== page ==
me, Byron, and because you will help me as you



Love Alone Is Lord 425

would any wretched woman who is foolish enough
to believe that there are other considerations in
life besides her own happiness. Kiss me, my
Byron, and go away to help me to help me!"

She put her face the tears were glistening on
her cheeks in the dim summer twilight of the room
up to his, and it was she who kissed him she
kissed him twice.

"Only tell me how to help you," he said, in a
passionless voice. " Only tell me. You must not
do anything without telling me. Promise me
that, Mary."

"I promise you. You are, I think, my only
friend, and now you are going from me," she said,
and for a moment he felt that she was asking him
to stay.

" Listen to me," he said. " Every day at noon
I shall ride to the knoll where we parted. I shall
wait there for you to come to me to tell me all
that you have to tell. Come to me when you
have made up your mind come to me and tell
me how I can help you. That shall be my one
aim in life to help you."

"I will come I promise you that, my one
friend my one dear friend."

Then it was that he kissed her, with a hand on
each side of her head.

He hurried from the room and sent a servant to
go to the stables and order his carriage.



CHAPTER VII

HE could not go to bed. He knew that he
would get no sleep, for he felt more excited
than he had for years. The night was an ex-
quisite one, of soft summer starlight and sweet
scents of dewy grass. May was a maiden placing
her cool hand trustfully in the warm hand of her
lover, June, and partaking of some of the glow
that came from him. Streaks of the faint blue of
the western sky appeared above the black line
of the yew hedge, but the blue darkened over-
head and in the east the stars were alight. The
only sounds of the night came from the breathing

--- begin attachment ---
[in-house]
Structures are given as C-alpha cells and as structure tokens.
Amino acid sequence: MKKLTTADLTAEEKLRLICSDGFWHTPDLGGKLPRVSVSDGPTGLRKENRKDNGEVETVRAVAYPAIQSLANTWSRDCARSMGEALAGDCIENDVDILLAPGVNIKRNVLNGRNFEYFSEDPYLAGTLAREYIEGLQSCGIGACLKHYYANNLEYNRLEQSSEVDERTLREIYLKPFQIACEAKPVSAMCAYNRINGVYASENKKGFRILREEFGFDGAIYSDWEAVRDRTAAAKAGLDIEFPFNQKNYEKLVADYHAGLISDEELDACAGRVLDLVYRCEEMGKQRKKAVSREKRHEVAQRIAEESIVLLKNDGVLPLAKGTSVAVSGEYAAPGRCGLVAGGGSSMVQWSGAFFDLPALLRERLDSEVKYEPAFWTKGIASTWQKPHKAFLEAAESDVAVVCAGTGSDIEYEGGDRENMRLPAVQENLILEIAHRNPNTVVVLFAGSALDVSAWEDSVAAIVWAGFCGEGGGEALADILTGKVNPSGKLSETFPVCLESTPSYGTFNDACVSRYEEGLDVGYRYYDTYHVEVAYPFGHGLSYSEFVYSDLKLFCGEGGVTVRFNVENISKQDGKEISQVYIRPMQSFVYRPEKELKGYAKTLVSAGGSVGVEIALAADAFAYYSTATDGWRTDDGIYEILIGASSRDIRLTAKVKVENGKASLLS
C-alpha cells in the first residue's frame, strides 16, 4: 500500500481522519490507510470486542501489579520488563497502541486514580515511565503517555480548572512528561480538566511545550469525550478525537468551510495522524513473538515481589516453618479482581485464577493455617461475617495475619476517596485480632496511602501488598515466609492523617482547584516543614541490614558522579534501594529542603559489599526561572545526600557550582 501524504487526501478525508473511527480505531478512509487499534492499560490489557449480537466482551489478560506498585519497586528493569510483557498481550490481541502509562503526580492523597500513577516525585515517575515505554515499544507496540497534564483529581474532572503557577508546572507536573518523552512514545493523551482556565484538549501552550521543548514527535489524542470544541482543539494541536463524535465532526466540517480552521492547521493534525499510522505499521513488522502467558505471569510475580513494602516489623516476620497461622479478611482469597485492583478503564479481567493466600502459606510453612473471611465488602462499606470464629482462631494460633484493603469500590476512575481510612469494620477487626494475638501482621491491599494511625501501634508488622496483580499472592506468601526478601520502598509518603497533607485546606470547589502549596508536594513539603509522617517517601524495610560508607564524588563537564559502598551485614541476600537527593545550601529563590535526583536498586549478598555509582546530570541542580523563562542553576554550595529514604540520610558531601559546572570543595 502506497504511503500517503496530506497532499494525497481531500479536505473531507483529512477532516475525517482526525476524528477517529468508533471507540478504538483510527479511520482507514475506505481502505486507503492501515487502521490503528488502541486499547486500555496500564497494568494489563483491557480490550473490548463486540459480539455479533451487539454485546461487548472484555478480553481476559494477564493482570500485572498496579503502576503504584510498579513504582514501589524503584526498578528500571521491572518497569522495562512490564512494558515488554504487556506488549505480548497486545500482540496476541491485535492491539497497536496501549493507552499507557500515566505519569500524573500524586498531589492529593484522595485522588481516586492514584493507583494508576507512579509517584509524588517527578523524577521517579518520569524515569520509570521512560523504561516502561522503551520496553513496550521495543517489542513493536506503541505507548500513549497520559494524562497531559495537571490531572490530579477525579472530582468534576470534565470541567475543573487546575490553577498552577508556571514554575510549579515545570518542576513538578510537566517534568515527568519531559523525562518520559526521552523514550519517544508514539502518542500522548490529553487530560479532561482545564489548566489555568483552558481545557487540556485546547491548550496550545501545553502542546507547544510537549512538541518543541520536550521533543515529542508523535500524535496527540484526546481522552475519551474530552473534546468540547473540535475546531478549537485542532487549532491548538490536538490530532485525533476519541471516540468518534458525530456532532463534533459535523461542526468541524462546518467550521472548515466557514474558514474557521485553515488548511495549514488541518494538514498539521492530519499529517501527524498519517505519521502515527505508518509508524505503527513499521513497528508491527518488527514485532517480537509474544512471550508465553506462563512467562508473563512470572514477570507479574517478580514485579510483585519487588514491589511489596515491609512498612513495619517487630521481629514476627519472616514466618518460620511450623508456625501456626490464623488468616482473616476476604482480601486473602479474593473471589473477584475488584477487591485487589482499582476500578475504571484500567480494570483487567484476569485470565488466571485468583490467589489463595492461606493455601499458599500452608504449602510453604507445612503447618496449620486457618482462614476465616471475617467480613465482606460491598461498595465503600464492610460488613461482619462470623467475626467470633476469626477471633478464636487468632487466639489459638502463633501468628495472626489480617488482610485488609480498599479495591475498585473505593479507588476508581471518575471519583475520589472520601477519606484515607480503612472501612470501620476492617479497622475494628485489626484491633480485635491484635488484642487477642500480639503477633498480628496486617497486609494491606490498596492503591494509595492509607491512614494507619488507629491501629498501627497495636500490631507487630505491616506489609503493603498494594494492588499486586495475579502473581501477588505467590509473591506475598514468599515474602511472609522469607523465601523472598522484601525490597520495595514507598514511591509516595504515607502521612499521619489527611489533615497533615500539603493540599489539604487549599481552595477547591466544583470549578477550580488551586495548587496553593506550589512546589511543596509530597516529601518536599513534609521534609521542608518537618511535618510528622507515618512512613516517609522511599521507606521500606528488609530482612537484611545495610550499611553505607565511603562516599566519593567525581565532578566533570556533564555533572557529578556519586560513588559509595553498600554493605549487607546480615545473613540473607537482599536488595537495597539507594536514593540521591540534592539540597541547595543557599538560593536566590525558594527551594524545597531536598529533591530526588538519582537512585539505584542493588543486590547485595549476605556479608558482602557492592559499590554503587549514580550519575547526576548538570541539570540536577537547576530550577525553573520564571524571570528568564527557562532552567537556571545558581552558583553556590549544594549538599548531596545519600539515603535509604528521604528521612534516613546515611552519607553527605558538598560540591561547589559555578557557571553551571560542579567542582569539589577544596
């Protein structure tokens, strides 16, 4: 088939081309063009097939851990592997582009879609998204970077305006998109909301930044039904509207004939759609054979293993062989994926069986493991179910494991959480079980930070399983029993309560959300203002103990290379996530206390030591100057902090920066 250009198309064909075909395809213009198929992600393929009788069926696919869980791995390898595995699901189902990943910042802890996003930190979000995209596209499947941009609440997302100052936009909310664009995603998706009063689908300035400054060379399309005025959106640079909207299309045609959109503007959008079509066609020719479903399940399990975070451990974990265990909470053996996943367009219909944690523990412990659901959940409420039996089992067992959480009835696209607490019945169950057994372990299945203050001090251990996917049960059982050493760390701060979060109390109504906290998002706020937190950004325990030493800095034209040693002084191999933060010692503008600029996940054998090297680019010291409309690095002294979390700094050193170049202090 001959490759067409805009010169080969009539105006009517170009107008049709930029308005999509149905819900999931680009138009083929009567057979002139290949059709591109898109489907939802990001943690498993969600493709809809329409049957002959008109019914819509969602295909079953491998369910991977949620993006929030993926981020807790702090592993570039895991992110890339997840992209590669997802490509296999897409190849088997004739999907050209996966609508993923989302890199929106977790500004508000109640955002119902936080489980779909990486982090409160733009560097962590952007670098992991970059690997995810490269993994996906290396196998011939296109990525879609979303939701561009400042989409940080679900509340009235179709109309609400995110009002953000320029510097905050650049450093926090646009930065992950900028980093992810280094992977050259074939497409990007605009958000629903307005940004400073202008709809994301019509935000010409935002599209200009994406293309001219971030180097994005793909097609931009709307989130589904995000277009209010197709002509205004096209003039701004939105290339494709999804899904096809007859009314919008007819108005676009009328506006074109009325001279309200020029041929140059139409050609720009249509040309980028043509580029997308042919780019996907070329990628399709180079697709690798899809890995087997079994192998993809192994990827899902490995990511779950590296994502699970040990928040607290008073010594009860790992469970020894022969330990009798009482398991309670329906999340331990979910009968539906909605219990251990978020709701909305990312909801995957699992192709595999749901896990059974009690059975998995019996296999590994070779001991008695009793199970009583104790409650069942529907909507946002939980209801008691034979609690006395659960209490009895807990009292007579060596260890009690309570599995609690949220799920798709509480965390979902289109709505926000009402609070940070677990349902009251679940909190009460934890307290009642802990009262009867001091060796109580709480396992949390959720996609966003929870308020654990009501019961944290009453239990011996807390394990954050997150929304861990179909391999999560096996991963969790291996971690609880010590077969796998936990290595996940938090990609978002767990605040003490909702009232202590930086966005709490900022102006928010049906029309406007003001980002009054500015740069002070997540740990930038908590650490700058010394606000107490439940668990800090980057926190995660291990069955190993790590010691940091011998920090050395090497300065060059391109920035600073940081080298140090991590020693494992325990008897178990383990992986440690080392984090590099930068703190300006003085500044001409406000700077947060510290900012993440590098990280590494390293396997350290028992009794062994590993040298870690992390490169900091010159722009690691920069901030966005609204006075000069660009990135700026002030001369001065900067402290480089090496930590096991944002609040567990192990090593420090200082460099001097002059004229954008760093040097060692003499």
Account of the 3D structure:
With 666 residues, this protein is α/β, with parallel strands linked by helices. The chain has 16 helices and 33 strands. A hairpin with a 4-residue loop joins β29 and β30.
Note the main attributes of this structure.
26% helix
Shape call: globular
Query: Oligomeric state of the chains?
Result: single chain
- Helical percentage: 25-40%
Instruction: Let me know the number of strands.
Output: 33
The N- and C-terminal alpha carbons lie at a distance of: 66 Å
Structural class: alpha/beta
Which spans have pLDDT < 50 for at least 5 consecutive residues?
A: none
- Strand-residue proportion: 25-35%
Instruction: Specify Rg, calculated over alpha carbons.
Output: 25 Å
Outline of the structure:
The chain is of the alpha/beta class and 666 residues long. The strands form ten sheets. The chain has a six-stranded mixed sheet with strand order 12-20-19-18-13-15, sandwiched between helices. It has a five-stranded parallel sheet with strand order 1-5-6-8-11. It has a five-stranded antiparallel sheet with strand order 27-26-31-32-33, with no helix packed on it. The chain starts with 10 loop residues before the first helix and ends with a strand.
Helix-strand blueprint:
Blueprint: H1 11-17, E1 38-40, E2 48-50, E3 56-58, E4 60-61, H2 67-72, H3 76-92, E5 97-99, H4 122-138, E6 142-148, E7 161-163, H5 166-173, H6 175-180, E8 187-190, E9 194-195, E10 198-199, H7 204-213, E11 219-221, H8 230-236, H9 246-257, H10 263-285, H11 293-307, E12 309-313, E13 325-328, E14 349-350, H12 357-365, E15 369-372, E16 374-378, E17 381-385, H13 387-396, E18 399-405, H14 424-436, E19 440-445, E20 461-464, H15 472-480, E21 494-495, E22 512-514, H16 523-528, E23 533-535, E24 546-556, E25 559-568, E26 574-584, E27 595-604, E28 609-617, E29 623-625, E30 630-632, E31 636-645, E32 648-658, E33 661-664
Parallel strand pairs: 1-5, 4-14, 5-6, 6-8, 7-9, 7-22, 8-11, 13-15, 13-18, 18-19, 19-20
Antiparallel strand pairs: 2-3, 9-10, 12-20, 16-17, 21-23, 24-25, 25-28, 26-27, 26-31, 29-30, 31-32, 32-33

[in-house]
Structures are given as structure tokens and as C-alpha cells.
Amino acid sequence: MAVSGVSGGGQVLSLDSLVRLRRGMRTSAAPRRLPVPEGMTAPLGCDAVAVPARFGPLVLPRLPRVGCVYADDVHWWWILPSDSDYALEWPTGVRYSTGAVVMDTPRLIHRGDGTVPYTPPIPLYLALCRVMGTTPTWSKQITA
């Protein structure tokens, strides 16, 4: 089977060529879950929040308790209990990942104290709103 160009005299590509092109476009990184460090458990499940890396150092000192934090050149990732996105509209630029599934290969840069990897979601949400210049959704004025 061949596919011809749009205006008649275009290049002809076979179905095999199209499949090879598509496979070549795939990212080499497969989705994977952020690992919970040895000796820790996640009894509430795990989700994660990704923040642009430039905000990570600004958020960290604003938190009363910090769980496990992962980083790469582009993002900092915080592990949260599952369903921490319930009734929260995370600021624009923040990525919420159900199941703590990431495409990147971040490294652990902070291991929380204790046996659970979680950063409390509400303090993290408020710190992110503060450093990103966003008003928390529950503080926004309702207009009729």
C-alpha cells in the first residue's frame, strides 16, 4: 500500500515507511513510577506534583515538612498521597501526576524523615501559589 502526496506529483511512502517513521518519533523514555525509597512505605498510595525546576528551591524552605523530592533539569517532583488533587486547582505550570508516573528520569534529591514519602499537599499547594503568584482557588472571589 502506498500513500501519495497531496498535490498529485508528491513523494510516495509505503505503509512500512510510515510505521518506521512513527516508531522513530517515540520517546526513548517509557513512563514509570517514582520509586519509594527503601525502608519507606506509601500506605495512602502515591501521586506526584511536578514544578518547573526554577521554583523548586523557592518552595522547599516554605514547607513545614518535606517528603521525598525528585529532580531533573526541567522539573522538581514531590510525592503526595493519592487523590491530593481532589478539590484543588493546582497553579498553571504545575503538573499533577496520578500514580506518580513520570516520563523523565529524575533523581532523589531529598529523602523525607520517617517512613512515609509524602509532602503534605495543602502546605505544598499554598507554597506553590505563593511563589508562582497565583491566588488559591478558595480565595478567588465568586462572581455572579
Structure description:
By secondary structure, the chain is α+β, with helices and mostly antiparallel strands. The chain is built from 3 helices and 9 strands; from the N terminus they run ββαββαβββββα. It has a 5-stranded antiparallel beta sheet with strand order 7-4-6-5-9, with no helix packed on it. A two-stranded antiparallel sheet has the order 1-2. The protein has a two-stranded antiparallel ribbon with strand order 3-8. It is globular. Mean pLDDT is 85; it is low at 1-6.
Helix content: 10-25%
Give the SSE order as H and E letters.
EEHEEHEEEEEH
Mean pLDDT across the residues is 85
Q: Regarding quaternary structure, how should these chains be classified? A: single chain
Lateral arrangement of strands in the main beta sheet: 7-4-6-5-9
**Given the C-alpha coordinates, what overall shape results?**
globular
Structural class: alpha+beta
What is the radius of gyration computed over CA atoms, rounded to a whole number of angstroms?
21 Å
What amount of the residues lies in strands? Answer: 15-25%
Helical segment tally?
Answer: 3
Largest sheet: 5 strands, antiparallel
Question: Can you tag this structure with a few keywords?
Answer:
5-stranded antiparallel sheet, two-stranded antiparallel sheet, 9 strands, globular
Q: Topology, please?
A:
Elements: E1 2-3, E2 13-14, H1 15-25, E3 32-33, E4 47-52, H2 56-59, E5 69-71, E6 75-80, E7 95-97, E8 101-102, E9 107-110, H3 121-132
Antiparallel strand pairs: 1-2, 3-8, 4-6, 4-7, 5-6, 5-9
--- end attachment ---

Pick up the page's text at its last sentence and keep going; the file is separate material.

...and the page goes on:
of the trees the soft breathing of an air through
the foliage of May, very different from the crisp,
restless rustle of October.

He strolled down to the brink of the pond.
The little splash of a water-rat stirred up the sur-
face in ripples large enough to sway the floating
leaves of the water-plants, as he seated himself
on a carved stone bench above the sloping bank.
He had much to think about, but his thoughts
came upon him in a mob, not a procession.

Mixed with the recollection of how she had
kissed him came a confused rush of emotions, and
he found that his eyes were full of tears of pity

426



Love Alone Is Lord 427

for the unhappiness of the woman who had offered
her lips to his own. How could he ever have
fancied even for a moment that he loved any
other woman than this during the years that had
passed since they parted? That was the wonder
to him. How could he ever have fancied that he
could be happy with any other woman? He felt
that all other women were but shadowy; she was
the only one who was real. He looked into the
water that lay before him and saw upon its flat
surface the reflection of many stars, and then he
turned his eyes to the heaven and saw the eternal
ones shining above him. That was it: he had
passed his life looking down instead of up.

And she loved him of that he had now no
doubt. . . . And she had told him that her
life was over . . . and she had only missed by
a month or two the chance of being made happy
by him. Oh! if they had only met before the
delusion of her love for that man who had spoilt
her life had come upon her, what happiness
would have been his, and hers and hers; for
he would have compassed her with his love. He
would have had no thought but of love for her.
What a life would theirs have been. What poetry
he would have written! His poetry would have
been thrilled through and through with the breath
of this great life until the lines would themselves
have breathed and lived. The man who had been
with him in this place a few days before had said
that suffering only gave immortality to a poem.



428 Love Alone Is Lord

That was a He. With her by his side he would
have written poetry that would have reached the
heart of men, the soul of women; not such as
had come from him not poetry that filled the
heart of men with doubts, the soul of women
with despair. He could only write what was in
his own heart, what was in his own soul: doubt
in the one, despair in the other.

But with her . . .

The tumult of his passion of thought flung him
about as a wrecked ship is flung about in the
eddies of a whirlpool, with a single sail still tatter-
ing about the ragged, splintered end of the broken
mast. He was surged about on the thought of
what might have been, and then whirled down
into a gulf of remorse at his lightness of love
during the years that had passed. How could he
ever have been attracted by such faces as had
flitted past him? It was no wonder he felt that
disaster had overtaken and wrecked him : he had
steered his course, not by the one guiding star of
his heaven, but by the fitful reflection of the faint